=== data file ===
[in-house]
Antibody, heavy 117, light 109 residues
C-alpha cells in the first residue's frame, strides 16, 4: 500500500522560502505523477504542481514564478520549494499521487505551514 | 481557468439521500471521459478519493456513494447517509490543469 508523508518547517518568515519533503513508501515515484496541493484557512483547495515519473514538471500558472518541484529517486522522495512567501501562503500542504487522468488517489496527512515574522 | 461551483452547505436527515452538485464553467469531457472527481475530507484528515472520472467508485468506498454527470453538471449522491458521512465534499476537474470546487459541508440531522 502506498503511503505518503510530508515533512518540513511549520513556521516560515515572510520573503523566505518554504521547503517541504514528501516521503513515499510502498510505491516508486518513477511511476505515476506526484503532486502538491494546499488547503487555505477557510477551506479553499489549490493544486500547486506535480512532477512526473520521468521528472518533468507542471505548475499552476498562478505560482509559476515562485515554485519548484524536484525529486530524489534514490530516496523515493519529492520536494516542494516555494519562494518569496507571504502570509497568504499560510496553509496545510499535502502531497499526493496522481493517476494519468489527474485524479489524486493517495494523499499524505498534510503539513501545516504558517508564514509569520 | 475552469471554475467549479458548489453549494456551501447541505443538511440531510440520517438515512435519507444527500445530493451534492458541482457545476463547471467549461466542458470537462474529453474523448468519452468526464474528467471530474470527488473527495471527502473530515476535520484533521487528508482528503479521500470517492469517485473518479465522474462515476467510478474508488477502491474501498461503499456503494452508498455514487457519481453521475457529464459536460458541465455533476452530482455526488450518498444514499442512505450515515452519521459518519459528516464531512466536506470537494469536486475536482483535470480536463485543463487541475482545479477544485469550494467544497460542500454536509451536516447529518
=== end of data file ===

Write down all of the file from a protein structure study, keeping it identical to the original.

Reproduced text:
[in-house]
Antibody, heavy 117, light 109 residues
C-alpha cells in the first residue's frame, strides 16, 4: 500500500522560502505523477504542481514564478520549494499521487505551514 | 481557468439521500471521459478519493456513494447517509490543469 508523508518547517518568515519533503513508501515515484496541493484557512483547495515519473514538471500558472518541484529517486522522495512567501501562503500542504487522468488517489496527512515574522 | 461551483452547505436527515452538485464553467469531457472527481475530507484528515472520472467508485468506498454527470453538471449522491458521512465534499476537474470546487459541508440531522 502506498503511503505518503510530508515533512518540513511549520513556521516560515515572510520573503523566505518554504521547503517541504514528501516521503513515499510502498510505491516508486518513477511511476505515476506526484503532486502538491494546499488547503487555505477557510477551506479553499489549490493544486500547486506535480512532477512526473520521468521528472518533468507542471505548475499552476498562478505560482509559476515562485515554485519548484524536484525529486530524489534514490530516496523515493519529492520536494516542494516555494519562494518569496507571504502570509497568504499560510496553509496545510499535502502531497499526493496522481493517476494519468489527474485524479489524486493517495494523499499524505498534510503539513501545516504558517508564514509569520 | 475552469471554475467549479458548489453549494456551501447541505443538511440531510440520517438515512435519507444527500445530493451534492458541482457545476463547471467549461466542458470537462474529453474523448468519452468526464474528467471530474470527488473527495471527502473530515476535520484533521487528508482528503479521500470517492469517485473518479465522474462515476467510478474508488477502491474501498461503499456503494452508498455514487457519481453521475457529464459536460458541465455533476452530482455526488450518498444514499442512505450515515452519521459518519459528516464531512466536506470537494469536486475536482483535470480536463485543463487541475482545479477544485469550494467544497460542500454536509451536516447529518